The French journalist, poet, and
novelist, Lucie Delarue-Mardrus, was born on this day in 1874.
Lucie Delarue-Mardus photographed by Paul Nadar in 1914 (x).
Lucie was born on November 3, 1874
in Honfleur, Normandy. She was the youngest of six children born to
the middle-class Delarue-Mardus family. Her father was a successful lawyer,
which allowed for her and her siblings to be well educated in literature and
music. In 1880, the family moved to Paris; the city’s rich artistic community
allowed a young Lucie to decide that writing and art was to be her life’s
Throughout her life, Lucie wrote
over 70 books. She is most well-known for her poem “My Native Land,” which is a
love letter to her homeland of Normandy, and her 1930 novel The Angel and the Perverts. Despite
being married to the wealthy translator J.C. Mardrus, Lucie made no secret of
the fact that she was a lesbian. The most prominent lover of her life was Natalie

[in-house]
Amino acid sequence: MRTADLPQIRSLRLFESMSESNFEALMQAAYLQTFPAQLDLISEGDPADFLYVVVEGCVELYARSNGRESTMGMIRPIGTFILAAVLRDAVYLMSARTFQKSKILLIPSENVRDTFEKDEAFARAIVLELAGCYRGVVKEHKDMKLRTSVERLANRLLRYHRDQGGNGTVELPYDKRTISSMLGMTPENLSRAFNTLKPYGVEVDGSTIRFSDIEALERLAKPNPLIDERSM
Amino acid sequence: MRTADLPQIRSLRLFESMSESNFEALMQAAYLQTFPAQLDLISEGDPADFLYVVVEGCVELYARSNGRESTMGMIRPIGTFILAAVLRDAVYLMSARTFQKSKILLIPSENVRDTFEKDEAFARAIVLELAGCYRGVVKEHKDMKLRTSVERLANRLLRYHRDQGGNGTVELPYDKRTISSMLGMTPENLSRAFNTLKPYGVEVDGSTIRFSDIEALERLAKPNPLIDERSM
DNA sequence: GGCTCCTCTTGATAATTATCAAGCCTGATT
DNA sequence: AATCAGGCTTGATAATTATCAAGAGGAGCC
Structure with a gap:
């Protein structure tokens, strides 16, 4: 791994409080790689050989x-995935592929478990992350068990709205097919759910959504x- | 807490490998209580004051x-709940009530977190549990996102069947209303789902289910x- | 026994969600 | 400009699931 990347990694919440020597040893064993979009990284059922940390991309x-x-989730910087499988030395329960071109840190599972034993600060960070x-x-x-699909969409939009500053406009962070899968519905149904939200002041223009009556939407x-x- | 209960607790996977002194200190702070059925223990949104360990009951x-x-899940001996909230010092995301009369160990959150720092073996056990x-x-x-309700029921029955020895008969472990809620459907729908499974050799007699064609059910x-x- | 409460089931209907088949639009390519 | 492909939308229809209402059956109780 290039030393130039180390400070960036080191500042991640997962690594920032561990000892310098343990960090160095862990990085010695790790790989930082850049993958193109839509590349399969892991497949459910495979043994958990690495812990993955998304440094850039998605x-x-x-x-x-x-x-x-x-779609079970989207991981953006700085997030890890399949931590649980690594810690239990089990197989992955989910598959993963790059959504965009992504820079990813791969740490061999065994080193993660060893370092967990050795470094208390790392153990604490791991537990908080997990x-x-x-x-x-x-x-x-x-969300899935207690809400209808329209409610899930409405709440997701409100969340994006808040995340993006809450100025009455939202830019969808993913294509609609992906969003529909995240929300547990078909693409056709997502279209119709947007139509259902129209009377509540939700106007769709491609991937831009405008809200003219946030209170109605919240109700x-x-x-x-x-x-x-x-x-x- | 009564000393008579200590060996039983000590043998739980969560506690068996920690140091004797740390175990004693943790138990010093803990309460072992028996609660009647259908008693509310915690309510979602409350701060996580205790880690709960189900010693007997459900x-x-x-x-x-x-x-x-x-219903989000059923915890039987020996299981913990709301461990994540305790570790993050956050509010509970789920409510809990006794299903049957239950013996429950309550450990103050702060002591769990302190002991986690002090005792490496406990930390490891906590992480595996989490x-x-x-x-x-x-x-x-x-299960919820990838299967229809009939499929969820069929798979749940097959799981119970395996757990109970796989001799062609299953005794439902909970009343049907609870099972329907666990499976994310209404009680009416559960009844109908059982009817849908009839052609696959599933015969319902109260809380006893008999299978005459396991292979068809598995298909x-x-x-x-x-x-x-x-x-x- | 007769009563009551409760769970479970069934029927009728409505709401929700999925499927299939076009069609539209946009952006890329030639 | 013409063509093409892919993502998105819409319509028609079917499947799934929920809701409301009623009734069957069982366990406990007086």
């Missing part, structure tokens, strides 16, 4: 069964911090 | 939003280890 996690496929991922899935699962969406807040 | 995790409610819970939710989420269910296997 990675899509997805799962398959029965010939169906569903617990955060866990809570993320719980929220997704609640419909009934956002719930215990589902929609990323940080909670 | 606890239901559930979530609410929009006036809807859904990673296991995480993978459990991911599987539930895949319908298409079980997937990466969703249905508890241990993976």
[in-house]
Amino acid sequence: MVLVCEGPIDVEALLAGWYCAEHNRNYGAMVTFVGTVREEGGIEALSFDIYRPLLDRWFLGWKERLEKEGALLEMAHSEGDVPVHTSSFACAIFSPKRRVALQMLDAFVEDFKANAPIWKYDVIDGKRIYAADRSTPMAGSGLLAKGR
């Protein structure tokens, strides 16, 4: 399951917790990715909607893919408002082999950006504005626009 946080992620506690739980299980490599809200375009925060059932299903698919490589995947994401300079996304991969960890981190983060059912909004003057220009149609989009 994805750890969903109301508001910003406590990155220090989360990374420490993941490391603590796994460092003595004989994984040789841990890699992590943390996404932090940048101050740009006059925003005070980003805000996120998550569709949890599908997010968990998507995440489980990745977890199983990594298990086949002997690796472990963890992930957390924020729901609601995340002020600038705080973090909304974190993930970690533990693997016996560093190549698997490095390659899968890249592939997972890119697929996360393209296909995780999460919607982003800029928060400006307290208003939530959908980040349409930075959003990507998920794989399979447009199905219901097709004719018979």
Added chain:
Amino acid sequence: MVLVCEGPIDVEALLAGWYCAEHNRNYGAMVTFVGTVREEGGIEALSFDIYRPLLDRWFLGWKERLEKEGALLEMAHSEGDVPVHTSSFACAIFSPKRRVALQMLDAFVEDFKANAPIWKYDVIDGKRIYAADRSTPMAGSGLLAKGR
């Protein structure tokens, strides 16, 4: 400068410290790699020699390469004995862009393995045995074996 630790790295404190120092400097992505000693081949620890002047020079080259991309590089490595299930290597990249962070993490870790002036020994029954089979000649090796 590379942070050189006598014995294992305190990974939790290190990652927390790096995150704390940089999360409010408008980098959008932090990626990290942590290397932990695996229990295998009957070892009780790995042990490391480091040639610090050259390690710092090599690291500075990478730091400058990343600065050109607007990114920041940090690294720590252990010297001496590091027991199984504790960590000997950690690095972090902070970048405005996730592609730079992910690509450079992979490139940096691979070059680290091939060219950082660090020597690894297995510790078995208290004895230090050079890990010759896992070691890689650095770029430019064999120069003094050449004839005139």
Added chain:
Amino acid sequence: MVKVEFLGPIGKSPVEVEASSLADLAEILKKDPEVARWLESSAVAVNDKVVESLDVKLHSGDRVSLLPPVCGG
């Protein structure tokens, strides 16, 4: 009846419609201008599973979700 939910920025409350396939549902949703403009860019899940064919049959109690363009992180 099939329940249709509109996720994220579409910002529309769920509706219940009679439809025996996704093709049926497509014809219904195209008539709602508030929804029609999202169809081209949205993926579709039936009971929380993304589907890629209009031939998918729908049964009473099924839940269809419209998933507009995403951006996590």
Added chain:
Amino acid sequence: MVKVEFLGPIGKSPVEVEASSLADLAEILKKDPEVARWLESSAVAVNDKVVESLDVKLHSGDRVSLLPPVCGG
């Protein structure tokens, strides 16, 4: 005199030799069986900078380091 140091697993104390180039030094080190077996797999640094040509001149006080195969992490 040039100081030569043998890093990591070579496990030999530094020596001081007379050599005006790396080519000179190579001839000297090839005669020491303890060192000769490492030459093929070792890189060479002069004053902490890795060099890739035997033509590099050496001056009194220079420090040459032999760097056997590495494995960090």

Clifford Barney, who is featured prominently in The Angel and the Perverts as
well as a series of love poem written by Lucie in 1902 and 1903. She was
eventually able to divorce her husband, leading to one admirer of hers to say, “She
is adorable. She sculpts, mounts to horse, loves a woman, then another, and yet
another. She was able to free herself from her husband and has never embarked
on a second marriage or the conquest of another man.”
In 1936, she became the very first
recipient of the Renée Vivien prize for women poets. By the time of her death
on April 26, 1945, Lucie Delarue-Mardrus had secured a legacy as one of the
pioneers of lesbian French literature.